Reflection in the mirror. CEO, are you running a lifestyle business or building a growth organization?

It amazes me just how many small self (friends and family) or angel-funded software, internet and SaaS companies are out there that seem to just be flat-lined or oscillating in the $3 to $10M revenue segment. They are in every market sector you look at –  XYZ software, a business in the (fill in your favorite) billion dollar market-  B2B and B2C alike.

But why? Is there a common thread? Why do some break through and others just seem to linger, or sustain? There exists plenty of great academic reading, and thought leaders, that will explain the impact of the business life cycle, market timing and more. Take your pick; they all have valid points. I think, from a practical standpoint, that most times it all comes down to the CEO. It’s for good reason that they say “the company is a reflection of its CEO.”

The start up phase $0 to ~2M, is a ‘fly’ or ‘crash and burn’ zone. Companies come and go. Determined business owners can, and will, scale their business on sheer determination and survival instinct. At some point thereafter, they achieve a certain revenue threshold where the company settles in to a comfort or sustain zone; one that matches the initial organization’s (and more specifically the CEO’s) capabilities.

Many refer to this as the first major inflection point of a software company. To me, it’s the point at which the CEO has to make that decision – Lifestyle or Growth. That is when it is time for a look in the mirror, and to make some hard choices.  Interestingly, I think many companies get stuck at this inflection point because the CEO either does not recognize this or does not know how to tackle the next stage of growth.

Deciding to create, or to run, a lifestyle business is great. However, if you opt for a path of continued growth; it takes both recognition that you have reached this stage and a strategic decision to adopt change that will help you push through.

What has to change?

  • The team around the CEO will likely need to evolve. The people that helped start the business are not necessarily the same ones you need to build the business to the next level. Understanding what/who you need is very important.
  • Measurement and metrics have to be revisited. The way success was defined and assessed in the early days is not necessarily applicable anymore.
  • Processes will become more important. The business can no longer be subject to human (resource) bottlenecks or operate without repeatable and understood protocols.
  • And, perhaps most importantly, the CEO will have to evaluate his role and area of focus. Accountability and responsibility to the business, and the rest of the team, oblige.

Change is good, if you want to stay on the growth track. Embrace it.

11 Responses to “Reflection in the mirror. CEO, are you running a lifestyle business or building a growth organization?”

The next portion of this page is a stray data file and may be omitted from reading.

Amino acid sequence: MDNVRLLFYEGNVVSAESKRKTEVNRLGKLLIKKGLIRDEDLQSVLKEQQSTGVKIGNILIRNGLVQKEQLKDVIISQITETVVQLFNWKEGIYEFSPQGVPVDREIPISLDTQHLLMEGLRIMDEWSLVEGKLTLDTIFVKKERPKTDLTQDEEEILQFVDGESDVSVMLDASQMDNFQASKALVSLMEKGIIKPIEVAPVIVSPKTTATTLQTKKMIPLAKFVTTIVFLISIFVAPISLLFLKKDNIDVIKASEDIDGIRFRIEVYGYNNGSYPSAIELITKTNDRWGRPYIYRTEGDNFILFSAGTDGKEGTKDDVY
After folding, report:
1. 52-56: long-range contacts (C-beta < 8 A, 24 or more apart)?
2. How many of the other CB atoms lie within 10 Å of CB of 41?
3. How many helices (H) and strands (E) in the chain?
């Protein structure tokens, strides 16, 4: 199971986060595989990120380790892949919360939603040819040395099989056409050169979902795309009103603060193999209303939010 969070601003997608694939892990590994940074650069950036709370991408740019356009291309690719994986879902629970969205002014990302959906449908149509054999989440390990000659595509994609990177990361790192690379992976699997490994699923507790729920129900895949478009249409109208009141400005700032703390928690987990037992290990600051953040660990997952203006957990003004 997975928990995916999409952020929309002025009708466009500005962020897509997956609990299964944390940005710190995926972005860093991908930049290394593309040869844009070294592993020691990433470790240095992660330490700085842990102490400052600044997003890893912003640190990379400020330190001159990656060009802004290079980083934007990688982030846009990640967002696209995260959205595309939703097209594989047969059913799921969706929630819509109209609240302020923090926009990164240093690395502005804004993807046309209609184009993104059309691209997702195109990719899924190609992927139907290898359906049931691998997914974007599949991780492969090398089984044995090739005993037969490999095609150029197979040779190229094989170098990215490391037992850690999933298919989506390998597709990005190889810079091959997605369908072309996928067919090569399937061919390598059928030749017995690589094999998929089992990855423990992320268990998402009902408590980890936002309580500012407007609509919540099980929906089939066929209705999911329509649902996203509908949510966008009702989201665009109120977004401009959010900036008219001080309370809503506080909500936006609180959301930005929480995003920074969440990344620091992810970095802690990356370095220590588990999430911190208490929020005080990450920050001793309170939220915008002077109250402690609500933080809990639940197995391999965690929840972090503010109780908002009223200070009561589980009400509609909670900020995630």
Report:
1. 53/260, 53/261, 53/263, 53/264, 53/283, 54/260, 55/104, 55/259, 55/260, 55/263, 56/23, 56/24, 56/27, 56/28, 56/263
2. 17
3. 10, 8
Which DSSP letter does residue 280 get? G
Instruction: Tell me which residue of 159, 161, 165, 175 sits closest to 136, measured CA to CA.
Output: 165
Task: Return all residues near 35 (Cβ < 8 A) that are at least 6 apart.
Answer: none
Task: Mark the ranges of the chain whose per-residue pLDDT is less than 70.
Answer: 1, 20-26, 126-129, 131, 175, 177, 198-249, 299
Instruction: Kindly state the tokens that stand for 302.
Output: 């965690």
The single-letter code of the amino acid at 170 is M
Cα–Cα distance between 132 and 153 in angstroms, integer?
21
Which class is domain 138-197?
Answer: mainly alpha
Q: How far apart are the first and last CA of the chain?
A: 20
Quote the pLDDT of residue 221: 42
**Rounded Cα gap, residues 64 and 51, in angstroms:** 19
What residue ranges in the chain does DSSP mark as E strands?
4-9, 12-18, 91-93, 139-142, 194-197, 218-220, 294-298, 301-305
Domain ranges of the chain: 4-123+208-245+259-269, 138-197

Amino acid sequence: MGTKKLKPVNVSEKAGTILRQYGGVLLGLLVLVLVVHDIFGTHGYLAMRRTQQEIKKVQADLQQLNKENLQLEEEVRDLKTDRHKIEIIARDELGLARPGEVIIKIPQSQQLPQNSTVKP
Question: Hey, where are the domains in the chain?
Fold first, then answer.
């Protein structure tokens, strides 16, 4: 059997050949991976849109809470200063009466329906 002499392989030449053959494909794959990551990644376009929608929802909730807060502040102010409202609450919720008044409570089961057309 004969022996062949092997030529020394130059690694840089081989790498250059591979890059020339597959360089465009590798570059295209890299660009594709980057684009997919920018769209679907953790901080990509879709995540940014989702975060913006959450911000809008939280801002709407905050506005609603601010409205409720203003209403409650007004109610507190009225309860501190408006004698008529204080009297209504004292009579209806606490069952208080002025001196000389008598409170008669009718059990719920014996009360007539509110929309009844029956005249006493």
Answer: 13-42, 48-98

1. You know, I gotta tell you, I genuinely savor this blog and the useful insight. I find it to be energizing and quite informative. I wish there were more blogs like it. Anyhow, I finally decided to write a comment on Reflection in the mirror. CEO, are you running a lifestyle business or building a growth organization? DaggerBoard Advisors – I just wanted to tell you that you did a good job on this. Cheers mate!

  2. It is useful to try everything in practice anyway and I like that here it’s always possible to find something new. :)

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  4. Ovel Inad says:

    I think this is a great post. One thing that I find the most helpful is number five. Sometimes when I write, I just let the flow of the words and information come out so much that I loose the purpose. It’s only after editing when I realize what I’ve done. There’s defiantly a lot of great tips here I’m going to try to be more aware of.

  5. great blog, bookmarked it to show my friend :) !

  6. Kipu Mo says:

    Very interesting, thanks for the information. I need to just keep building.

  7. I enjoyed reading this article! Thank you so much for sharing it!

  8. Anonymous says:

    I searched for something completely different, but found your website! And have to say thanks. Nice read. Will come back.

  9. Anonymous says:

    Thank you, fine article.

  10. Anonymous says:

    Interesting site and ideas. However, I think sometimes the advisors get bogged down in the same little box of thinking that CEOs sometimes do–tThat all businesses must grow, must scale up, must have an exit strategy, must take priority of resources away from their core market to “expand” into new markets. These seem to be recited in many fora–not just here–as if it were truth, or foolishness to take a different path.

    There is another business model that does not value growth for growth’s sake. That values commitment to customers, solid financials, and even, sustainable business. Overgrowing can lead to the implosion or collapse of a business. Focusing outward to new markets while your core consituents feel neglected leads to the loss of those core clients. Or leveraging your cash flow too much or too early so that you spend more time fund raising and servicing debt than you do attending to the business of the company (just look at how our federal government is run). Or maybe a 2 person $5M business is just fine as it is? Maybe there isn’t any real need to “grow” for the sake of growing?

    I am interested in hearing about other business models in future posts? All the best!

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